I initially chose this concerto for the first movement theme introduced by the orchestra. From the onset, the music is full of drama. I fell in love with the decorative melodies contrasted by dramatic statements from the orchestra, and there is something captivating to me about the key of F minor, which though somber in sound, allows for a lot of expression—and it is no wonder. Non-clarinetists know Weber prominently for his opera overtures, most notably Der Freischütz, Oberon, and Euryanthe. And this concerto is essentially an opera in one act without words.

In my lessons of this piece, my teacher emphasized the importance of singing through my instrument, and I was encouraged to attend or listen to more opera, in order to better emulate the early German romantic style.

The second movement Adagio resembles largely and demonstrates the influence of the second movement Adagio from Mozart’s Clarinet Concerto in A major, K. 622, written just 20 years before. The melody is melancholic, and the long phrases test the soloist’s air control.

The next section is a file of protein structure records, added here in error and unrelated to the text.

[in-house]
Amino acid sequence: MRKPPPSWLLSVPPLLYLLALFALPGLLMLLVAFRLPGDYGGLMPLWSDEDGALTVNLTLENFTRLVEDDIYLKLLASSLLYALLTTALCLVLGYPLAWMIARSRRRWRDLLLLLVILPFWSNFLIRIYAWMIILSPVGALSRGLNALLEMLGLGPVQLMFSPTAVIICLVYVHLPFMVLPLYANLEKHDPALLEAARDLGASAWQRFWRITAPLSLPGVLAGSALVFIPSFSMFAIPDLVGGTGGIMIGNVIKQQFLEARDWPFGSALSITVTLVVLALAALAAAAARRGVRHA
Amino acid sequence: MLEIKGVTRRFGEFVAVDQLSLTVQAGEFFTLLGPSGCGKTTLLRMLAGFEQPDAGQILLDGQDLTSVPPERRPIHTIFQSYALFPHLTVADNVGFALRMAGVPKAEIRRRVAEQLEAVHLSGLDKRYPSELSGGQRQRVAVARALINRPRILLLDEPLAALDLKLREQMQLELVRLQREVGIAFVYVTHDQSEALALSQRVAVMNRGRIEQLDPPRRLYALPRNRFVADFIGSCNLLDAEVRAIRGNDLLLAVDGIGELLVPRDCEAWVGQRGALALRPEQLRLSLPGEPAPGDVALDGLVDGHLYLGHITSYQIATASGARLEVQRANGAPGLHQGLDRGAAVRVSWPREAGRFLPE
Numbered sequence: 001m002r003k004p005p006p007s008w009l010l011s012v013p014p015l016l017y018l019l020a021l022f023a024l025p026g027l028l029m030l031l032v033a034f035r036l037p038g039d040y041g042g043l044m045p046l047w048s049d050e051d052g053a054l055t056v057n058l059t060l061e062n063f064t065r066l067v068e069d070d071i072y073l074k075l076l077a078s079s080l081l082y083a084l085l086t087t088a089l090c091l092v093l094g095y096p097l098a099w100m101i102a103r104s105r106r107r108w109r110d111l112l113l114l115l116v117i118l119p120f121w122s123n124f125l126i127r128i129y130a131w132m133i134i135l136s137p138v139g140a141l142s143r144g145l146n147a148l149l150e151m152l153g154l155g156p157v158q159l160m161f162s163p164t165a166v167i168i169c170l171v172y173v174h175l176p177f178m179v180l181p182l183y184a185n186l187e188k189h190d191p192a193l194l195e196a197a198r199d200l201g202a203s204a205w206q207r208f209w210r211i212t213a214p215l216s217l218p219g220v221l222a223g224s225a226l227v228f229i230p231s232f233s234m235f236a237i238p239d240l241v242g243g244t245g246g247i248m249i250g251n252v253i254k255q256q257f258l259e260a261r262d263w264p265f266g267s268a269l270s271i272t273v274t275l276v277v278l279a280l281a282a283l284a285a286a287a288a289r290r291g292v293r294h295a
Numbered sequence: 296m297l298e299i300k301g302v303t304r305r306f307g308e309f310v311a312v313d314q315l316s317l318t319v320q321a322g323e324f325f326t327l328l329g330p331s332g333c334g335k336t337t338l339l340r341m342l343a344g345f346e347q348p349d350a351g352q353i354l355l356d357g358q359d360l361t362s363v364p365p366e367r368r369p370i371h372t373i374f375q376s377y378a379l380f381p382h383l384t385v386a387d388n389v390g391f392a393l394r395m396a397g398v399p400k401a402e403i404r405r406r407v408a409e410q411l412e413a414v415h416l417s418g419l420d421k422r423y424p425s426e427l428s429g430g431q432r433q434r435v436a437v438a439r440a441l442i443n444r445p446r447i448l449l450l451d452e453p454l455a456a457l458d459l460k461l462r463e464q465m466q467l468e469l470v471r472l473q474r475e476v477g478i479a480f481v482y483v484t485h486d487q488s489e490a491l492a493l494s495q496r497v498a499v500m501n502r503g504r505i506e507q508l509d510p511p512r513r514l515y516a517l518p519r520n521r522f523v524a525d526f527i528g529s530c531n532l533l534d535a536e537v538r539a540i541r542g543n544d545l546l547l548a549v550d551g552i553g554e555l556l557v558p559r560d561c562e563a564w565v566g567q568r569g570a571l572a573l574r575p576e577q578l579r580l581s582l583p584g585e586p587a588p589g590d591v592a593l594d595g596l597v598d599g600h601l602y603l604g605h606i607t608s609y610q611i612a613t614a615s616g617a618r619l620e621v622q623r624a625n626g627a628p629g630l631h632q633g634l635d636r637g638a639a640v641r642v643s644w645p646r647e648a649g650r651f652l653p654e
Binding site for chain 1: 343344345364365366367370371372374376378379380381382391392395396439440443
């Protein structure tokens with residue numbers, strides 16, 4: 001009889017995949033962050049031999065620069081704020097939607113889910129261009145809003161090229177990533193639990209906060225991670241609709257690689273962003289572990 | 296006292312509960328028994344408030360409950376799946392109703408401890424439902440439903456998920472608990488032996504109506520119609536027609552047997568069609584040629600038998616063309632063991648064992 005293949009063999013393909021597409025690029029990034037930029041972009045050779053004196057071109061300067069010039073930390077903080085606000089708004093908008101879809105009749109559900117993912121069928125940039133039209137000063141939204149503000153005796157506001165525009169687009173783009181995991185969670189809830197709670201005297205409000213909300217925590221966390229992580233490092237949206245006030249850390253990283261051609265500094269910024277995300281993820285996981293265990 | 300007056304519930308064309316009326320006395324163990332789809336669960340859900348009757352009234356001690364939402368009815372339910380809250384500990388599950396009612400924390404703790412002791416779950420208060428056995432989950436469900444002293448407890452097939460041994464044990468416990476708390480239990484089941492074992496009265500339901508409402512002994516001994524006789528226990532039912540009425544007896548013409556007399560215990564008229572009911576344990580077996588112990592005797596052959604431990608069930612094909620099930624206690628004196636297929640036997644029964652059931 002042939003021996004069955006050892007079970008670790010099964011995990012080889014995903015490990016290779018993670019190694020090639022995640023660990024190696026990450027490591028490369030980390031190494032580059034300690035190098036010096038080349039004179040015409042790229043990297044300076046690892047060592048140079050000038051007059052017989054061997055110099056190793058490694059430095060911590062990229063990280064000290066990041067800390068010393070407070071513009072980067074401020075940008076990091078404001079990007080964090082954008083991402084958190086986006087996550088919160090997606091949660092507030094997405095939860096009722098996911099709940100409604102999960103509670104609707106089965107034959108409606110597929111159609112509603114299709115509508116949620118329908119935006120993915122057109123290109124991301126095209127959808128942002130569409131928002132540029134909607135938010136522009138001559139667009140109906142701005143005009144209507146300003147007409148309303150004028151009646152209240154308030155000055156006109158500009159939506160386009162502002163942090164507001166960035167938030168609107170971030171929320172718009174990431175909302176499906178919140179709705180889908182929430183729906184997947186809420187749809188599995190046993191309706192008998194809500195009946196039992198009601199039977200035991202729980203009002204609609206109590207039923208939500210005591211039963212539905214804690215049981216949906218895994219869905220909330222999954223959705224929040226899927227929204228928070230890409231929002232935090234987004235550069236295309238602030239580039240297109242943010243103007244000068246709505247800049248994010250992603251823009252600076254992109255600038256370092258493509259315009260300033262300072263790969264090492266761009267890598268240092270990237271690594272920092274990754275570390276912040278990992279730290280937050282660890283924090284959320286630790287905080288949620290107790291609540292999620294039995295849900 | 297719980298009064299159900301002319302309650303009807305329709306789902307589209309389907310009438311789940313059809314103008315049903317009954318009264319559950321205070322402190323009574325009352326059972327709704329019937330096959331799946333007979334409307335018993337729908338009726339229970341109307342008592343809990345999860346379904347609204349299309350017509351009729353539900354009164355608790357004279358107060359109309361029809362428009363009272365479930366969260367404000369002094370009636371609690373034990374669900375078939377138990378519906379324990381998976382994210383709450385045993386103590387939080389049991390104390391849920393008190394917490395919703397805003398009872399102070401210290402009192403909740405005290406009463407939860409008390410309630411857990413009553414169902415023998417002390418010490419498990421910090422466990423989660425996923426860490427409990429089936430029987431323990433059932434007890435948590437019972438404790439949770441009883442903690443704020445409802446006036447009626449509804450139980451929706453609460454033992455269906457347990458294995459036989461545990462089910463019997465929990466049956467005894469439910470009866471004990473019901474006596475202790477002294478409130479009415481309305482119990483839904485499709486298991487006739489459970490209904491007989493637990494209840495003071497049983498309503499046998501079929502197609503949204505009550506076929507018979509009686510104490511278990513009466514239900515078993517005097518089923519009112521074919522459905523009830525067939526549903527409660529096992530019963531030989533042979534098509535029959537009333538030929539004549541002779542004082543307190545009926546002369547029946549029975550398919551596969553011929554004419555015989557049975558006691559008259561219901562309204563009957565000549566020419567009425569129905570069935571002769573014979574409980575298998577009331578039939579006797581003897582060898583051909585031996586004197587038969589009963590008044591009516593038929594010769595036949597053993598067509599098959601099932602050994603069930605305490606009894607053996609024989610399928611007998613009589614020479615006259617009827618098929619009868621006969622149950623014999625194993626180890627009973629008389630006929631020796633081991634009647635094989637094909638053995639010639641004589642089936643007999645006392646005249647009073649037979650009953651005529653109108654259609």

Characteristic of ending most concerti from the Classical and early Romantic period, the third and finale movement is a rondo. In a rondo, a principal theme (typically jovial and light in character) alternates with one or more contrasting themes.

Weber writes a number of expressive markings throughout the concerto, among them con duolo (with pain), morendo (dying), con anima (with soul), lusingando (flattering), scherzando (joking), con fuoco (with fire).

I try to live my life as peaceful as possible, but when it comes to music, bring all of the drama! I’ve known since I was a very young clarinetist that if I ever had the honor to stand in front of an orchestra, I would play Weber, without a second thought.

Photo by Jake Luttinger

Watch the Sight & Sound livestream

Curious about our series Sight & Sound at The Metropolitan Museum of Art? Now you can watch a full concert online!

At Shostakovich, Michelangelo & The Artistic Conscience, conductor and music historian Leon Botstein explored the parallels between Shostakovich’s Suite on Verses of Michelangelo and the artwork of Michelangelo. On-screen artworks were discussed alongside musical excerpts, followed by a full performance with baritone Tyler Duncan, and an audience Q&A.

Check out the event in the video below, as it was streamed live on Facebook.

Get to know the TŌN musicians!

Get to know the outstanding musicians of TŌN on our YouTube channel!

Some of our finest oboe, viola, bassoon, and violin players share their personal stories to give audiences some insight into the musicians’ experience.